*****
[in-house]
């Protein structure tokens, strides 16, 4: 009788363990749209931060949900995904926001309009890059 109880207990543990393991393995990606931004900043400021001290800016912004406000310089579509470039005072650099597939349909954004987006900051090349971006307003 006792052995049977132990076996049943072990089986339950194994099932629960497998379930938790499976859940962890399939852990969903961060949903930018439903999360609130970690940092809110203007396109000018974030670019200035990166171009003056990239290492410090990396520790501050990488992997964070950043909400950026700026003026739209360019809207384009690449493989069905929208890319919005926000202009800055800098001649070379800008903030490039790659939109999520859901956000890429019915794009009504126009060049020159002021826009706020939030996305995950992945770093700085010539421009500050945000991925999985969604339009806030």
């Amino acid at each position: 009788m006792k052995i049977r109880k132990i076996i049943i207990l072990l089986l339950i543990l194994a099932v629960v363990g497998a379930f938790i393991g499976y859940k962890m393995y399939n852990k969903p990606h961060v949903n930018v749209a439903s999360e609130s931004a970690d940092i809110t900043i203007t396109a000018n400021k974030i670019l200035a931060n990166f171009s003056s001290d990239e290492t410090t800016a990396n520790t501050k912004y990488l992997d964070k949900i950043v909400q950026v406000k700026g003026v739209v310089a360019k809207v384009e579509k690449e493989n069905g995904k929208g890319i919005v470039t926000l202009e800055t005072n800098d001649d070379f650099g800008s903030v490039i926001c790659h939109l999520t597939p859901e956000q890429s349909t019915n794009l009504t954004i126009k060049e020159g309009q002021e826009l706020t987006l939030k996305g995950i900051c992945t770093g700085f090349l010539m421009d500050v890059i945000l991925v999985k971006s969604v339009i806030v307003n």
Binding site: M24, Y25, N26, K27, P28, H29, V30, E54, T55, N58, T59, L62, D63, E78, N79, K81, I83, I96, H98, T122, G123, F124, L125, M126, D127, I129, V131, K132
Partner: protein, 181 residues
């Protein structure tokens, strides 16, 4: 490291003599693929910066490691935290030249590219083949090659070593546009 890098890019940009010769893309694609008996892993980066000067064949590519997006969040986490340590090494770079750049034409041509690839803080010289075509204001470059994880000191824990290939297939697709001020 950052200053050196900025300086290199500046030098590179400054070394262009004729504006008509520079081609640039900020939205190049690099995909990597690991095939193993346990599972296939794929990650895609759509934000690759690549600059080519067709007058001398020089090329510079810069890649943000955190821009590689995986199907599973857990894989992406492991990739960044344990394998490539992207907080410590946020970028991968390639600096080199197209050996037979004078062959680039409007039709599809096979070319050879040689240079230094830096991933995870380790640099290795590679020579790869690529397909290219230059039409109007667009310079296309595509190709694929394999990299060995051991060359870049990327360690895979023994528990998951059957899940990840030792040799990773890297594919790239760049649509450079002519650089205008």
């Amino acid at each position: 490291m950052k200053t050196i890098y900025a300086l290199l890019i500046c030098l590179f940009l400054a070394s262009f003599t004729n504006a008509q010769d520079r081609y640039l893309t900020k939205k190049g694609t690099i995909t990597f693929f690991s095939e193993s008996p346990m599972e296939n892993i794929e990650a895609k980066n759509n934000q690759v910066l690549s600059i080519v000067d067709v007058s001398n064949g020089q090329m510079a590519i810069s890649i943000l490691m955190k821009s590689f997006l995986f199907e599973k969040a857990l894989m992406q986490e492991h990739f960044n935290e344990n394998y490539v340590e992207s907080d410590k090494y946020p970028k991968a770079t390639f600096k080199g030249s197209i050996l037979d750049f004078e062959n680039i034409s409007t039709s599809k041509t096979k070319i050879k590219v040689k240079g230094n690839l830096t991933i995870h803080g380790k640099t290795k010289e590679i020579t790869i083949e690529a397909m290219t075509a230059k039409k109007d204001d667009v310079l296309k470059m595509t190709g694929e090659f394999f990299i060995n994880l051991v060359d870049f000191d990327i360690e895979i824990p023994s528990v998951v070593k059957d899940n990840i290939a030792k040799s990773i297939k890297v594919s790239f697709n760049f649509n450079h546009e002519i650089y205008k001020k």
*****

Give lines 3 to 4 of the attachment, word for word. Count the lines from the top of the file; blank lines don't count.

């Amino acid at each position: 009788m006792k052995i049977r109880k132990i076996i049943i207990l072990l089986l339950i543990l194994a099932v629960v363990g497998a379930f938790i393991g499976y859940k962890m393995y399939n852990k969903p990606h961060v949903n930018v749209a439903s999360e609130s931004a970690d940092i809110t900043i203007t396109a000018n400021k974030i670019l200035a931060n990166f171009s003056s001290d990239e290492t410090t800016a990396n520790t501050k912004y990488l992997d964070k949900i950043v909400q950026v406000k700026g003026v739209v310089a360019k809207v384009e579509k690449e493989n069905g995904k929208g890319i919005v470039t926000l202009e800055t005072n800098d001649d070379f650099g800008s903030v490039i926001c790659h939109l999520t597939p859901e956000q890429s349909t019915n794009l009504t954004i126009k060049e020159g309009q002021e826009l706020t987006l939030k996305g995950i900051c992945t770093g700085f090349l010539m421009d500050v890059i945000l991925v999985k971006s969604v339009i806030v307003n």
Binding site: M24, Y25, N26, K27, P28, H29, V30, E54, T55, N58, T59, L62, D63, E78, N79, K81, I83, I96, H98, T122, G123, F124, L125, M126, D127, I129, V131, K132